Theastronauts are expected to deploy a small atmosphere-observing satellite dubbedANDE at about 1:19 p.m. EST (1819 GMT) today.


Polanskyand his crewmates are due to land at one of three NASA shuttle runways either in Florida, New Mexico or California.

While exactlanding site, however, will depend on weather conditions at the time, NASA ishoping to put Discovery down here at the Kennedy Space Center (KSC), where theshuttle launchedspaceward on Dec. 9, to minimize turnaround time and costs.

Engelauf saidflight controllers plan to attempt a 3:56 p.m. EST (1856 GMT) landing at KSC during Discovery's first returnwindow Friday, which occurs during the shuttle's 202nd orbit aroundEarth. A subsequent orbit offers landing opportunities at KSC, White Sands Space Harbor in New Mexico and Edwards Air Force Base in California--in that order--though thetarget runway would likely be tapped before Discovery is due to leave orbit, headded.

"More thanlikely we will pick a site to aim for on each [revolution] and get in there," Engelaufsaid, adding that the window in which to fire Discovery's engines to make anyof the three landing strips spans only six minutes. "It's a really shortdecision time and you pretty much have to make your mind up before you getthere."

Anoff-going shift of mission controllers commended the STS-116 crew's work aftertheir successful ISS construction mission to installa new piece of the ISS, rewirethe outpost's power grid and deliver a newastronaut and cargo for the station's Expedition 14 mission. Discovery'screw also wedged in an extra spacewalk to furl away astubborn ISS solar array.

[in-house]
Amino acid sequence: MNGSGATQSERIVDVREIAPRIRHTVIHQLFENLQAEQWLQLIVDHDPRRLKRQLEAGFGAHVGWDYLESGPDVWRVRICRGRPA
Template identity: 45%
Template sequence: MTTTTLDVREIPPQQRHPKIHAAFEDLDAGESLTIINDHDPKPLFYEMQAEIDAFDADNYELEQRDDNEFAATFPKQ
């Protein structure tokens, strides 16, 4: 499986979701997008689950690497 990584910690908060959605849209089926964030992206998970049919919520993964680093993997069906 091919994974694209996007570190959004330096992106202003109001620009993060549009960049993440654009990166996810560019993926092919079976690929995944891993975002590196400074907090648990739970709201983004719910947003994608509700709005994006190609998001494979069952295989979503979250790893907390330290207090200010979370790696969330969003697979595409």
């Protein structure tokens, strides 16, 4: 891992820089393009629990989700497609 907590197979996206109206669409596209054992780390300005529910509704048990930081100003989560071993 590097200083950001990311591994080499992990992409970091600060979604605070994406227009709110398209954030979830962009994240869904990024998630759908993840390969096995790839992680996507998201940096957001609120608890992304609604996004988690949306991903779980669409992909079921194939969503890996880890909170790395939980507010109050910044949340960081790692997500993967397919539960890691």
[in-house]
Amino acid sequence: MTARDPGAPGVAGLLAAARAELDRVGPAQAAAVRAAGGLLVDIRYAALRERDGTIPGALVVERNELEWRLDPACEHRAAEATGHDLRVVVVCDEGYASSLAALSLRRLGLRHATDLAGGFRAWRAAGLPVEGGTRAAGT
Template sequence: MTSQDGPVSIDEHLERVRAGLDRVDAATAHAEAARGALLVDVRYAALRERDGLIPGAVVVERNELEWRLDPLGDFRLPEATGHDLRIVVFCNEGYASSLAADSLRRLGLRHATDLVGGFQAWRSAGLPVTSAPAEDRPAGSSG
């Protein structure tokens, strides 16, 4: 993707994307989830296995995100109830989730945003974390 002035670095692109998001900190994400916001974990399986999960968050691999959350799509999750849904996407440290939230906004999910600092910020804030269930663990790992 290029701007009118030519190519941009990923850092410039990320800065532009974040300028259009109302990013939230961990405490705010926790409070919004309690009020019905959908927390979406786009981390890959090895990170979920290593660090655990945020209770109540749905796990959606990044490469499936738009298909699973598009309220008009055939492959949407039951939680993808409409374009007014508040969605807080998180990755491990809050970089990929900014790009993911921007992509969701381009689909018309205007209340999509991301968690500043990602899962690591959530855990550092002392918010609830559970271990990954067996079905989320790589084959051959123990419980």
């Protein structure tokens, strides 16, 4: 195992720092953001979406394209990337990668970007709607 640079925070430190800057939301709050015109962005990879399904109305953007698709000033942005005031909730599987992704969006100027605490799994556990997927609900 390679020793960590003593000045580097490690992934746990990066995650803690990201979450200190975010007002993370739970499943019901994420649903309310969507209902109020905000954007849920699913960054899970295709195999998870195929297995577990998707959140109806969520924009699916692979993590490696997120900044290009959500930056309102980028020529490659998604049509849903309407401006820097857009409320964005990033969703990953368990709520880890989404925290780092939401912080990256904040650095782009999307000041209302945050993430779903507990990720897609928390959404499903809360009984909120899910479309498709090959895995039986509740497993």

"Theflexibility you guys maintained to finish this mission was outstanding," said NASAastronaut Kevin Ford, serving as spacecraft communicator for the first of threeflight controller shifts working with Discovery's crew. "Have a MerryChristmas, happy holidays and you guys have a safe trip home."

  • Images: The Spacewalks of NASA's STS-116
  • Images: Discovery's STS-116 Launch Day Gallery
  • Mission Discovery: The ISS Rewiring Job of NASA's STS-116
  • Complete Space Shuttle Mission Coverage
  • The Great Space Quiz: Space Shuttle Countdown
  • All About the Space Shuttle

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Tariq Malik

Tariq is the Editor-in-Chief of Space.com and joined the team in 2001, first as an intern and staff writer, and later as an editor. He covers human spaceflight, exploration and space science, as well as skywatching and entertainment. He became Space.com's Managing Editor in 2009 and Editor-in-Chief in 2019. Before joining Space.com, Tariq was a staff reporter for The Los Angeles Times covering education and city beats in La Habra, Fullerton and Huntington Beach. In October 2022, Tariq received the Harry Kolcum Award for excellence in space reporting from the National Space Club Florida Committee. He is also an Eagle Scout (yes, he has the Space Exploration merit badge) and went to Space Camp four times as a kid and a fifth time as an adult. He has journalism degrees from the University of Southern California and New York University. You can find Tariq at Space.com and as the co-host to the This Week In Space podcast with space historian Rod Pyle on the TWiT network. To see his latest project, you can follow Tariq on Twitter @tariqjmalik.